I’ll just come out and say it: I don’t know what Ross Atkins takes so long to deal with his team’s pitching problems — and you get the sense that there’s a lot of that sentiment in the Toronto Blue Jays clubhouse, at.
That’s dangerous because we’re at a point with this team where it’s going to be painfully easy to read into every gesture or statement. It’s not even the all-star break and the Blue Jays have had two player-only meetings and it looks like we’ve reached the ‘something doesn’t feel right’; phase, which usually precedes the ‘someone has to pay’ phase. I mean, it seemed certain to me that Bo Bichette didn’t want any part of the home run jack on Sunday…
Much less was at stake in 2021 when Atkins, the Blue Jays general manager, switched to relievers Adam Cimber on June 29 and Trevor Richards on July 6 — two trades that perpetuated a bullpen that was slowly taking life out of things. sucked. The Blue Jays finished a game outside the playoffs, but it was kind of OK: They’d ended their COVID road odyssey and reclaimed the home field. Vladimir Guerrero, Jr., came in second as Most Valuable Player, Robbie Ray had a Cy Young Award, but President Mark Shapiro made it clear that he expected Atkins to take a few more wins.
It didn’t matter that Ray, Marcus Semien, and Steven Matz were likely to leave as free agents. Atkins, who got a five-year extension in 2021 to take him through 2026, would do the fWAR math, damn it, and make up for the difference. Kevin Gausman arrived as a free agent, Jose Berrios signed a big overtime and Yusei Kikiuchi…
uh. You get the point. Vegas loved the Blue Jays—just like they did in 2013 when they finished last in the American League East after that blockbuster deal with the Miami Marlins and the signing of RA Dickey. The Blue Jays were this year’s favorites for the season — and while everyone agreed that the AL East was going to be relentlessly tough, many of us thought four teams from the division would advance to the newly expanded Major League playoffs. Baseball? That could still happen, but few expected the New York Yankees to have a two-figure lead on July 4—or the Baltimore Orioles racking up eight straight wins to win within a .500 game a week ahead of the all. star pause.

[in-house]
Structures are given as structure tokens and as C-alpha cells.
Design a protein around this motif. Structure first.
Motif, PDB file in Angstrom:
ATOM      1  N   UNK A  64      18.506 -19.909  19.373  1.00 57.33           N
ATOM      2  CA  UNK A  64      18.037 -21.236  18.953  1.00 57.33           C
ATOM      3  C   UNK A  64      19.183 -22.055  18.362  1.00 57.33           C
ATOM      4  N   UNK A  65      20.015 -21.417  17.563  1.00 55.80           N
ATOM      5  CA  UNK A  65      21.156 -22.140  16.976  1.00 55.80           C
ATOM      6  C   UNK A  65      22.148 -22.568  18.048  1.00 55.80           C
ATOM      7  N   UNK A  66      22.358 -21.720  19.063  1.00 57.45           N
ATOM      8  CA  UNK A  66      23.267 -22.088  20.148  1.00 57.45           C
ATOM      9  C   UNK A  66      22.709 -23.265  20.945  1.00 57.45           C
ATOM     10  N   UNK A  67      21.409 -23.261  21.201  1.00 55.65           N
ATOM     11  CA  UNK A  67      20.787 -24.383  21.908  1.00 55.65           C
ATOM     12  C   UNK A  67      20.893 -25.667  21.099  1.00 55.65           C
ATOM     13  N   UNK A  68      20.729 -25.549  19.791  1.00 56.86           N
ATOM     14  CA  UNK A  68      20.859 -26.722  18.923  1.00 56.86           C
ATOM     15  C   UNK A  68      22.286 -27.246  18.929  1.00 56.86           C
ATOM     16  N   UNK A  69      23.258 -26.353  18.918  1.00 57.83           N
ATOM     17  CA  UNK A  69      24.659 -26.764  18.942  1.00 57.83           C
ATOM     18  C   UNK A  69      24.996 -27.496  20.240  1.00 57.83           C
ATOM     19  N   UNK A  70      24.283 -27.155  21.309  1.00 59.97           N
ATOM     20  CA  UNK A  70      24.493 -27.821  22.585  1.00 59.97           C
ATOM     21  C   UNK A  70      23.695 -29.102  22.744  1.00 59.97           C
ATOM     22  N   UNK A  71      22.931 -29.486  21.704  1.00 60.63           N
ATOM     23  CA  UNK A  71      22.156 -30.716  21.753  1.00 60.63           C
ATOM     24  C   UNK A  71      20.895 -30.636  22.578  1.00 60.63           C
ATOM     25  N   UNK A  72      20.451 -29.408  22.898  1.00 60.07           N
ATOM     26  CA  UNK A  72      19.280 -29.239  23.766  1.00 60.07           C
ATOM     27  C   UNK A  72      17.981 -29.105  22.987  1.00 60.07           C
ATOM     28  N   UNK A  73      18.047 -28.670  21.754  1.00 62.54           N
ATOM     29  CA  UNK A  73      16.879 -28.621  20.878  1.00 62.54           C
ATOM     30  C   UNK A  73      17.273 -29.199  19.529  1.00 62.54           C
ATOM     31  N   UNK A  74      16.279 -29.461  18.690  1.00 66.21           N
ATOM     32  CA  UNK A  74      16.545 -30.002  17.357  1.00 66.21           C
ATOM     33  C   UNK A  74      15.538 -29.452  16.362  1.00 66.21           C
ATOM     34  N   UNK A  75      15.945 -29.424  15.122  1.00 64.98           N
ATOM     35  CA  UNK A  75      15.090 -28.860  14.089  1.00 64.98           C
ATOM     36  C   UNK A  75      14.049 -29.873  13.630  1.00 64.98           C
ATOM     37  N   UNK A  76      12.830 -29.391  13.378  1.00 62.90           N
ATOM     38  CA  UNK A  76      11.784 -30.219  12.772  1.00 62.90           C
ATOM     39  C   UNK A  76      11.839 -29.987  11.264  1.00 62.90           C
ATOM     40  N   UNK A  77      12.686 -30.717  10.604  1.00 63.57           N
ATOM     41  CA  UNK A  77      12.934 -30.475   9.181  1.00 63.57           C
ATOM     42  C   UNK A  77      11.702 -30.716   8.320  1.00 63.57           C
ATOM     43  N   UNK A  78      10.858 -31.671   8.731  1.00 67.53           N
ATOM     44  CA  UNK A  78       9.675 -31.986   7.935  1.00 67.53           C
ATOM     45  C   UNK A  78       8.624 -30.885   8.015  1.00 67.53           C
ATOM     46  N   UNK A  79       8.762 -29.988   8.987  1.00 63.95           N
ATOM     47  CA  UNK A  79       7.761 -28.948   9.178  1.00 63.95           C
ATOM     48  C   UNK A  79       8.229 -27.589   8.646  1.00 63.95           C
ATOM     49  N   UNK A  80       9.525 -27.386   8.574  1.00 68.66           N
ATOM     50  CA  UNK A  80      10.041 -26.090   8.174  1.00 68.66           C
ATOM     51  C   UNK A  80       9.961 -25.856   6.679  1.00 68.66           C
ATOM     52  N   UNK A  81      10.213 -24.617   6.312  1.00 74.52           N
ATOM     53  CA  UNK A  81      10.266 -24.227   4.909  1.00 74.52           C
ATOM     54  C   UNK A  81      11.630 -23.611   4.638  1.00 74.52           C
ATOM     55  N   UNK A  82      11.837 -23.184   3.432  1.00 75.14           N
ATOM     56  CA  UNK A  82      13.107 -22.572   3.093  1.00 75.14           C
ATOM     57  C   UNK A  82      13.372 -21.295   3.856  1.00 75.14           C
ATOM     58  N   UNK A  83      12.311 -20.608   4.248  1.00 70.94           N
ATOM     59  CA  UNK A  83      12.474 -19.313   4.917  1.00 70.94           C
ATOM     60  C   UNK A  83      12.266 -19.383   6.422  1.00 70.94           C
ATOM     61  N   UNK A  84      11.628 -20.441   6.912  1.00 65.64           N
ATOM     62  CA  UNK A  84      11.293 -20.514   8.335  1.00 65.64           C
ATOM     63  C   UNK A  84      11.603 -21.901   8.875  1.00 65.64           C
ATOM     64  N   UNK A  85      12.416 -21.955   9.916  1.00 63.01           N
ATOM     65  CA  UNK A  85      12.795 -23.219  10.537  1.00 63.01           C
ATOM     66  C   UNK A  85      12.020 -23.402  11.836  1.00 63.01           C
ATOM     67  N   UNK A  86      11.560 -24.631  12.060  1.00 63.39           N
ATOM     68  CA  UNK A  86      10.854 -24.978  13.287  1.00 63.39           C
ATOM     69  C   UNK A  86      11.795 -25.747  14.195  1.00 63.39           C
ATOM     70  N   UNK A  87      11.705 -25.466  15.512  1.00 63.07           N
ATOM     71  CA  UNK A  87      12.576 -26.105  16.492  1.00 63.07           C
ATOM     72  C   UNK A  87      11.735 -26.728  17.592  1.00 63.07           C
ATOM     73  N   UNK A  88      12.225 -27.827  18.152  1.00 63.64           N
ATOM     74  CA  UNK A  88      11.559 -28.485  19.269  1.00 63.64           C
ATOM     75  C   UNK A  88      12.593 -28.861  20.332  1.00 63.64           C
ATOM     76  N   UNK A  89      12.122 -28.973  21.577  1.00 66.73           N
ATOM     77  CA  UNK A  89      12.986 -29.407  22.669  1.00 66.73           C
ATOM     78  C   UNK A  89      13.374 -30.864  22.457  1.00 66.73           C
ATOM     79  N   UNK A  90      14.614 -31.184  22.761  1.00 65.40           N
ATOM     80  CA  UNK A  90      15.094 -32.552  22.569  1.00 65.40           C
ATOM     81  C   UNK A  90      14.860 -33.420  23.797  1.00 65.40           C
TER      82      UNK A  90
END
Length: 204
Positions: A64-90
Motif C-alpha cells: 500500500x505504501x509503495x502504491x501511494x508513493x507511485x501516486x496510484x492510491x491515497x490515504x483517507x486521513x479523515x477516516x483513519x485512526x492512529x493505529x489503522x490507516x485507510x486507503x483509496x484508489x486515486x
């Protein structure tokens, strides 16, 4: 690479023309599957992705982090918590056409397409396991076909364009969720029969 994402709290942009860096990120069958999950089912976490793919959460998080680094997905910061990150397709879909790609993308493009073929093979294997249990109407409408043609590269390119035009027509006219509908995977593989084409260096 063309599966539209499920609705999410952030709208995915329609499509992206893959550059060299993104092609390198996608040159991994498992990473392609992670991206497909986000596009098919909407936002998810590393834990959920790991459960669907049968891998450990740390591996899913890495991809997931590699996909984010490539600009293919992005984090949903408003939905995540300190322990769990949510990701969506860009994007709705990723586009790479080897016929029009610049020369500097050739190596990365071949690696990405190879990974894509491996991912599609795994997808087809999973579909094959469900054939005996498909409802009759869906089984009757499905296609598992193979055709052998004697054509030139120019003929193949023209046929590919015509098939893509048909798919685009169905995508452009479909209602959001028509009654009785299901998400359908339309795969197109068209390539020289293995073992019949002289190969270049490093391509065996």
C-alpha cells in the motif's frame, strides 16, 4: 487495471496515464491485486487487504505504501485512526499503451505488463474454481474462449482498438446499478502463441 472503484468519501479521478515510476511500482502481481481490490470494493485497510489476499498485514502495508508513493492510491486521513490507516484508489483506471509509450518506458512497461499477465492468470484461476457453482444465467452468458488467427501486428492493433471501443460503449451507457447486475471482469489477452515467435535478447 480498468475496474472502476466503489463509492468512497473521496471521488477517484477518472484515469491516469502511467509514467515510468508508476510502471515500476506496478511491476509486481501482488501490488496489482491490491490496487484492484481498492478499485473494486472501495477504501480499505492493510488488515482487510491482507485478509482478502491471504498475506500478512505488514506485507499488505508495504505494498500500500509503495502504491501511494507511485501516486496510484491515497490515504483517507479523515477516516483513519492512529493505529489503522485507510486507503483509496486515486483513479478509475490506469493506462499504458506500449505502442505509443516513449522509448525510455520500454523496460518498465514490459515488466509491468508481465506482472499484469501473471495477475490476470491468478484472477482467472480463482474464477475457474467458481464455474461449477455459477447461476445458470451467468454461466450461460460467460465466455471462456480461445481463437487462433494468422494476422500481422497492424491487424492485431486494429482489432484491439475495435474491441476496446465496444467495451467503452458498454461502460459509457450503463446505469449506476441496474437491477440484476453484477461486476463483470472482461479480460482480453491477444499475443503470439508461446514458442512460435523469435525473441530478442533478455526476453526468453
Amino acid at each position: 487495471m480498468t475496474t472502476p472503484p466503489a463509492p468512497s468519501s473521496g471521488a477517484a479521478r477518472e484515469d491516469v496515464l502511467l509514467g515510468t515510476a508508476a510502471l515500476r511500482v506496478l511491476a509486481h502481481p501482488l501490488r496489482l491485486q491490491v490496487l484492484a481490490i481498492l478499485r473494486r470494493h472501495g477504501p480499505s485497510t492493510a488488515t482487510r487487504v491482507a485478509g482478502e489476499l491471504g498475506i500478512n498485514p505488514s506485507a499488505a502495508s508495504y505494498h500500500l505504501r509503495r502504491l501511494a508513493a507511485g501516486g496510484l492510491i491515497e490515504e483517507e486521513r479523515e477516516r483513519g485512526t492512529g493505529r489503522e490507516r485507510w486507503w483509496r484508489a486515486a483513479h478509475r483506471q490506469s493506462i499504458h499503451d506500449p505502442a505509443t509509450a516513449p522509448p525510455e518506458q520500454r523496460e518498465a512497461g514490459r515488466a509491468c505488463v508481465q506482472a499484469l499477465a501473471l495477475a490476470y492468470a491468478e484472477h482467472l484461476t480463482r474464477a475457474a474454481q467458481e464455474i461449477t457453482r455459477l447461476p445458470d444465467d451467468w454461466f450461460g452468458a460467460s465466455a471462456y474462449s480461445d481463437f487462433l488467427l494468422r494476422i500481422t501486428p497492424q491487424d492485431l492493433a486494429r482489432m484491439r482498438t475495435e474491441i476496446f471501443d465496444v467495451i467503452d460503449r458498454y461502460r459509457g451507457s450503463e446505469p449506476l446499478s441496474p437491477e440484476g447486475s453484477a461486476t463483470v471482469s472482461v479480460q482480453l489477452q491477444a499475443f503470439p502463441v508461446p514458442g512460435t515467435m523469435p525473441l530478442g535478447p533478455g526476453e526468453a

And I guarantee you damn sure nobody in these parts thought the Blue Jays would be closer to fifth than second on July 11. But here we are: the Blue Jays are two — two! — games on the stinky Orioles and 2.5 back from the second place Boston Red Sox.
Now the usual caveats should be used here: Your minor league prospects or even players on your major league roster are only as valuable as they are seen by your potential trading partner. It doesn’t matter where they are ranked by anyone on a website. It also takes two to trade and with extended playoffs… well, ask the Orioles if they’re ready to support the truck to the extent they were two weeks ago. Or, for that matter, the Seattle Mariners. Then there’s the fact that the draft has moved to the June all-star break… and we all know how much bandwidth the draft takes up.